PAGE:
As much as you want to have the ‘perfect’ room — a big space, a nice layout, an even shape, and unobstructed sight lines — you don’t always get it. While it’s an option to tear down walls or add square footage, you, unfortunately, don’t always get to do that as well. Fortunately, though, there’s a way to ‘tweak’ your space without actually doing major, major makeovers. The strategy is just to bring out an important design concept: depth. Depth, in the context of interiors, refers to the visual perception of distance or space. In a way, it blurs out the imperfections in size or shape of the room. If you want to trick the eye into seeing a bigger space in a really small area or a visually enticing room in a supposedly flat, boring one, these are the elements you need to take note of:
The hues in your interiors aren’t just an aesthetic touch. They very well influence how you perceive the space. For instance, when you place contrasting colours side by side, emphasising their difference, one of the hues, either the lighter or the darker, will look larger in coverage because the other one makes it pop. The black-and-white palette remains to be the timeless choice in small rooms, as it effectively gives a lot more depth. It’s also popular in staircase ideas today, precisely because it renders an illusion of expansiveness in a narrow space. But in case you’re not into the too-bold and too-light colours, you can apply the contrast in terms of cool and warm tones or bright and dark monochromatic shades.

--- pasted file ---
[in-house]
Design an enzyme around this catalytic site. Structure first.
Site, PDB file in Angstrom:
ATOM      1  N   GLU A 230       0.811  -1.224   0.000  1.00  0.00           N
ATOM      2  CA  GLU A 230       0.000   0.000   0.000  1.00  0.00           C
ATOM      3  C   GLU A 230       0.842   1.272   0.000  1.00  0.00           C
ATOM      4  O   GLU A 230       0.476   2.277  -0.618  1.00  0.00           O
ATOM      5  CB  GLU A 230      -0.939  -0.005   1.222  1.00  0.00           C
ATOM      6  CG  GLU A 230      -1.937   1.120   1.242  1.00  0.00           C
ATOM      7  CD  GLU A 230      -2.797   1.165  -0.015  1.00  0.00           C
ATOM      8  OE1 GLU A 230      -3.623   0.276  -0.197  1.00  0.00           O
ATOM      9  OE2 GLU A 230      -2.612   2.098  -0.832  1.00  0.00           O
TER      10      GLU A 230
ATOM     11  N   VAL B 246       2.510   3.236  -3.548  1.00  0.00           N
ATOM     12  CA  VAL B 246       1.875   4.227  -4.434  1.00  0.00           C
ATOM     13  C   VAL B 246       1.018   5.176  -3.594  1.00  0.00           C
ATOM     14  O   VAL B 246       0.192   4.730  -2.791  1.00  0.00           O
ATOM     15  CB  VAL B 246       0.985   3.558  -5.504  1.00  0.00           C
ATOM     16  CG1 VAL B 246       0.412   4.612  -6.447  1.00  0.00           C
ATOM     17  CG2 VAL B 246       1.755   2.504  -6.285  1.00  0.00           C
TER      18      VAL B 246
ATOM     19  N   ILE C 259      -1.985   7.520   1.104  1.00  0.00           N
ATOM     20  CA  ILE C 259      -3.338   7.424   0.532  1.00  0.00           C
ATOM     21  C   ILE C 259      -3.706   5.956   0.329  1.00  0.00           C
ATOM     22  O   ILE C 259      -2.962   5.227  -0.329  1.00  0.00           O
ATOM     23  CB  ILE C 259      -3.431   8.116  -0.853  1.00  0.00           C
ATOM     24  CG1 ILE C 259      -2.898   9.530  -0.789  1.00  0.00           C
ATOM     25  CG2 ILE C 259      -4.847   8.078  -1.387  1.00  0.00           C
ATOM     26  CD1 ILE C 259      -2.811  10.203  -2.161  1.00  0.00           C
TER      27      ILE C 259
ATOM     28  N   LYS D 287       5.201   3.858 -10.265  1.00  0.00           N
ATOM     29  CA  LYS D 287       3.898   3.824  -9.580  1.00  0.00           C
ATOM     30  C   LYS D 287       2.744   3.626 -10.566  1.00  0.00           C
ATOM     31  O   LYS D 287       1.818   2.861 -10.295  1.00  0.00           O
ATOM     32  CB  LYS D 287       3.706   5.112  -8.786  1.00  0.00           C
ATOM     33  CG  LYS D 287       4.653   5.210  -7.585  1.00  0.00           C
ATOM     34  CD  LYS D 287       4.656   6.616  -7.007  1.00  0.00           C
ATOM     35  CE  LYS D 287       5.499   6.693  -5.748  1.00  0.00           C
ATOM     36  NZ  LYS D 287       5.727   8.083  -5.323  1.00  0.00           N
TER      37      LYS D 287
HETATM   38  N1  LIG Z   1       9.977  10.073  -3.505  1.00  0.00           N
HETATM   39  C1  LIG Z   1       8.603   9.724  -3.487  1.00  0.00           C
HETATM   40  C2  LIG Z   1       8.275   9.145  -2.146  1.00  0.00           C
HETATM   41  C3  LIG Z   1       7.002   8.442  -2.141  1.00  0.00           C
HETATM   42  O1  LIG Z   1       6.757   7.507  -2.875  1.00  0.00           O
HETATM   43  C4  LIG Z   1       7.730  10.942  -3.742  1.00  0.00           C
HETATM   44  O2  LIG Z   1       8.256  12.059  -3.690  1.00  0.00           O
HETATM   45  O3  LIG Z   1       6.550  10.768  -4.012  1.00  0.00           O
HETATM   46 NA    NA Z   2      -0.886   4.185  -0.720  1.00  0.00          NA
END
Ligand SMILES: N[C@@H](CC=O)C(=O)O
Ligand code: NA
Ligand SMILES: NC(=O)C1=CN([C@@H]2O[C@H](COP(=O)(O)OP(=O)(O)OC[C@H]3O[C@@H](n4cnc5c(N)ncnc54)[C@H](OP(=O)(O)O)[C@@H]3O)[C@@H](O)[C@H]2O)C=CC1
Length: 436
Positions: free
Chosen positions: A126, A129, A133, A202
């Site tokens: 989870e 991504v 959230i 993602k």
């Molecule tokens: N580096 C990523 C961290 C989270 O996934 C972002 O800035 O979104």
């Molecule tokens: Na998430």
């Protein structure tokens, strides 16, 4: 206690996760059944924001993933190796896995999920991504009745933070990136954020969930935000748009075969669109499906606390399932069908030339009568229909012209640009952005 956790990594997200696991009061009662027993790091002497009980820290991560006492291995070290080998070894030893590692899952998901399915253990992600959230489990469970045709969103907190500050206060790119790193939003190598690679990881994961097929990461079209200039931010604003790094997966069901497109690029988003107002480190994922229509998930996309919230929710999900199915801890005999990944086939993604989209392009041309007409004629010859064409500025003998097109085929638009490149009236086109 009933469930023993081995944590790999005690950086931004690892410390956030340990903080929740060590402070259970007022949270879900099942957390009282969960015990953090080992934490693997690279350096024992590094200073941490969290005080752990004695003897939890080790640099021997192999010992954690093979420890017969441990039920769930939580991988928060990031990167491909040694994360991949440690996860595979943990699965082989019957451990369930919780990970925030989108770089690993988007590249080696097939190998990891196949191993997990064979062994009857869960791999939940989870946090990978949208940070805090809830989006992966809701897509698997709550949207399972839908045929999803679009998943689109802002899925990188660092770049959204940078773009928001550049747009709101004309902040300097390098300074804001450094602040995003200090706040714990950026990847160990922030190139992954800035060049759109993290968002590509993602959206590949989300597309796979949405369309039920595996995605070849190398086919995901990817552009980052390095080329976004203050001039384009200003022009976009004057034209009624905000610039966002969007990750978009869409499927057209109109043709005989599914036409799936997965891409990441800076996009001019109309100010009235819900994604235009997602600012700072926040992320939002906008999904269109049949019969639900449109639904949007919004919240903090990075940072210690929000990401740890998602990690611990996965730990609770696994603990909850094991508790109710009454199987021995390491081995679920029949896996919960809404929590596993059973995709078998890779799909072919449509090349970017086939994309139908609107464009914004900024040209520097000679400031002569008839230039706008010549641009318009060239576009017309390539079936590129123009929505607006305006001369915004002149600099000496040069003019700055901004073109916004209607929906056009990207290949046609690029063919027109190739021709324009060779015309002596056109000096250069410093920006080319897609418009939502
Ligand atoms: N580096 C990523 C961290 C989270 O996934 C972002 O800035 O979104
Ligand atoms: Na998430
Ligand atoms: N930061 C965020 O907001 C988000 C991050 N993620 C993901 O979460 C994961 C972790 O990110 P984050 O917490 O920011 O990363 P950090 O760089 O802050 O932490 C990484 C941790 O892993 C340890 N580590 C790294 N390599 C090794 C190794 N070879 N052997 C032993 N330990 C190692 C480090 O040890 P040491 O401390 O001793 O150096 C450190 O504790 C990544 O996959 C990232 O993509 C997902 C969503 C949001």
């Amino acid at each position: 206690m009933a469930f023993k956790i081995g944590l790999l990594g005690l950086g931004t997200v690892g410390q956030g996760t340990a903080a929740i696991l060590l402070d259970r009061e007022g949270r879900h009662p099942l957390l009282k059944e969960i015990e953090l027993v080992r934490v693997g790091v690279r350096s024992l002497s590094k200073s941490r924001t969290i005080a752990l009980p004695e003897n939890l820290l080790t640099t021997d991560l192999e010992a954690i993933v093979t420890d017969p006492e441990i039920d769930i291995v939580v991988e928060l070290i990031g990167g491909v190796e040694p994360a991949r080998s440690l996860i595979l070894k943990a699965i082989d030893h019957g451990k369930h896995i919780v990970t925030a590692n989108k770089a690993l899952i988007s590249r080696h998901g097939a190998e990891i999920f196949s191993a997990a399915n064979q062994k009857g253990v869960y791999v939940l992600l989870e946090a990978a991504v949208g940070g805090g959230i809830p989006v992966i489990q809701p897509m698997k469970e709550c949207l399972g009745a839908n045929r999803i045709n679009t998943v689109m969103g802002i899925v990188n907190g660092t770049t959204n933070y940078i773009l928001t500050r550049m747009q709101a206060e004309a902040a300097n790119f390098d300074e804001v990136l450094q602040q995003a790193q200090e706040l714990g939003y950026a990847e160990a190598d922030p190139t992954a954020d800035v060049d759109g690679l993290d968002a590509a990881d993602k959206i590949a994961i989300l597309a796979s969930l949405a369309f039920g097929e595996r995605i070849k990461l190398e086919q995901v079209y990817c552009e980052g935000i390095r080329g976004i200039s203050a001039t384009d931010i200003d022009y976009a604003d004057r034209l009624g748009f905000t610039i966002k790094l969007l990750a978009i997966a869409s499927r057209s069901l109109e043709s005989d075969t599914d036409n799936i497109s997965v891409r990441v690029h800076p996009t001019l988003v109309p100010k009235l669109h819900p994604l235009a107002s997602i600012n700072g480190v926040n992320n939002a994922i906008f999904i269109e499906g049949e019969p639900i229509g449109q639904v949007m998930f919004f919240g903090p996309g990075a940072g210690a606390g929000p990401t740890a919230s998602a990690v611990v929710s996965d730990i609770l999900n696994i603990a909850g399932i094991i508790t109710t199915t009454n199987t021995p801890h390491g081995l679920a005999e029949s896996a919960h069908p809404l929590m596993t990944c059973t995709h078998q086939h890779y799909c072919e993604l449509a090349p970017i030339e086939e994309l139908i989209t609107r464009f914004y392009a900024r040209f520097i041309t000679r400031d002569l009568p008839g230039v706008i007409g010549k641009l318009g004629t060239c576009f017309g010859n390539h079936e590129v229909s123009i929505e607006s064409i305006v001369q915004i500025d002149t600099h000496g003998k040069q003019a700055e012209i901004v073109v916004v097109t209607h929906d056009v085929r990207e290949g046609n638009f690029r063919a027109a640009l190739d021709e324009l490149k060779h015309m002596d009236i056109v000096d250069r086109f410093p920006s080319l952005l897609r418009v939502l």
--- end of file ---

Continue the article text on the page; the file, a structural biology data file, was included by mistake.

How heavy or light you perceive each individual design element is can contribute to how big or small, wide or narrow, interesting or flat, you perceive the entire room is. That’s why it’s equally important to pay attention to visual weight. If you have a small or oddly-shaped area, you want to introduce light design elements to make the space more open. This includes, for instance, fixtures and furniture that have clean, simple lines and natural textiles that are sheer, not bulky. On the other hand, if you have extra footage in a room, instead of filling it up with more stuff, the better move is to just use large, heavy design elements, like wingback chairs, leather coffee tables, or vintage sculpture for accent.
For sure, you’ve heard of the visual trick of using mirrors to create the illusion of expansiveness or evenness in the space. That’s true — but only if you get the size and placement right. When it comes to size, you want it to be big enough so it can reflect a larger space in your room and thus create more depth. If possible, go for one that covers an entire wall. If not, consider making it parallel to the size of the furniture close to it. As for the placement, pay attention to the area where you would most frequently see the mirror. This is usually the doorways of the room. From that spot, put the mirror against the farthest wall.
Are you struggling with a small, irregularly-shaped, or flat-looking space? Add a little more depth to it. Remember these elements mentioned to make your space work and look good for you.